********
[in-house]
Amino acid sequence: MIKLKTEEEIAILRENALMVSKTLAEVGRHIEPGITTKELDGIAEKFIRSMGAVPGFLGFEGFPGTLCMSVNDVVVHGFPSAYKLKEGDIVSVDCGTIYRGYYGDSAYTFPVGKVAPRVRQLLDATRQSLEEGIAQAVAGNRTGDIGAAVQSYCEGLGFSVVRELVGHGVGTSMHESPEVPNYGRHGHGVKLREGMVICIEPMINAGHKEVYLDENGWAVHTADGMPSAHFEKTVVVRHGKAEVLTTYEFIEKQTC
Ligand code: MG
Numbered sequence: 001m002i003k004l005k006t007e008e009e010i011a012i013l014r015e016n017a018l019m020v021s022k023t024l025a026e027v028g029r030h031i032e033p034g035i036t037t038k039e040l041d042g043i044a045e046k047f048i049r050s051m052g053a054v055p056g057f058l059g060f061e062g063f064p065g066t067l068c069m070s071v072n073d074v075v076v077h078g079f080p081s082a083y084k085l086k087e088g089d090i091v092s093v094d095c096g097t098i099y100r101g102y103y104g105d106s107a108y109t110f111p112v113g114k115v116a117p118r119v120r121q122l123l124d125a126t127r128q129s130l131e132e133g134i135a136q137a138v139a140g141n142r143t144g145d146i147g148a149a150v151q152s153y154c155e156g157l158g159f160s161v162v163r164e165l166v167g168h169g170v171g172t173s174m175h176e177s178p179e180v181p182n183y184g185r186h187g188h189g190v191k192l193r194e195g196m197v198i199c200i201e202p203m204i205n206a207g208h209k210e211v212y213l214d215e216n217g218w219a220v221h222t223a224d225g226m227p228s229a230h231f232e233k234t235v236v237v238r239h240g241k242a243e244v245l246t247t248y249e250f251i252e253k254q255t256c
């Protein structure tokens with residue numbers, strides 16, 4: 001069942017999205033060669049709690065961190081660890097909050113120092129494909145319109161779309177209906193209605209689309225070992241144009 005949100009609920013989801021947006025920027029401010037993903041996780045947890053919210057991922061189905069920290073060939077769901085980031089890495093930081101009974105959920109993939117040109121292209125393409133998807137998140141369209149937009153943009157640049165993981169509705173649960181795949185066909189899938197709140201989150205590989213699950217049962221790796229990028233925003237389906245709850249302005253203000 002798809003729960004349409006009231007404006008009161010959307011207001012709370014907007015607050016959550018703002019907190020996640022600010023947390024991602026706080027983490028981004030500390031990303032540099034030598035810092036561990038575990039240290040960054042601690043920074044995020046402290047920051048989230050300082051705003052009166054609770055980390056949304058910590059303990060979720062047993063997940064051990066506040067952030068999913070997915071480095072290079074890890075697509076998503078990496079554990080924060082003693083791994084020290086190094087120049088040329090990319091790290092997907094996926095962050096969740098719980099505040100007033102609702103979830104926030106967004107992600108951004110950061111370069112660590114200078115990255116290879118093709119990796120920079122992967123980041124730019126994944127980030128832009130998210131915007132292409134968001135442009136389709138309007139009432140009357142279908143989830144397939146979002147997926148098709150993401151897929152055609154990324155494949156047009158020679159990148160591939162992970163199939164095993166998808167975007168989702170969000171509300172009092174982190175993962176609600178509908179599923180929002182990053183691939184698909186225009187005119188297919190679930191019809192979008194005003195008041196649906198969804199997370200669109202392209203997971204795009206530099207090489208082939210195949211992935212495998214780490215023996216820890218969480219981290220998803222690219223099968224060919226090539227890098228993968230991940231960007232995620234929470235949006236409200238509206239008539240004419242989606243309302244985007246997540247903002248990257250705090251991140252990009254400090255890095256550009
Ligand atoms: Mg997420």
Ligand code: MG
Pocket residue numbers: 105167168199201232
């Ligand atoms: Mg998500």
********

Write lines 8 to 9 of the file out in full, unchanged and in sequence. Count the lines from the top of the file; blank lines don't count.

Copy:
Pocket residue numbers: 105167168199201232
């Ligand atoms: Mg998500």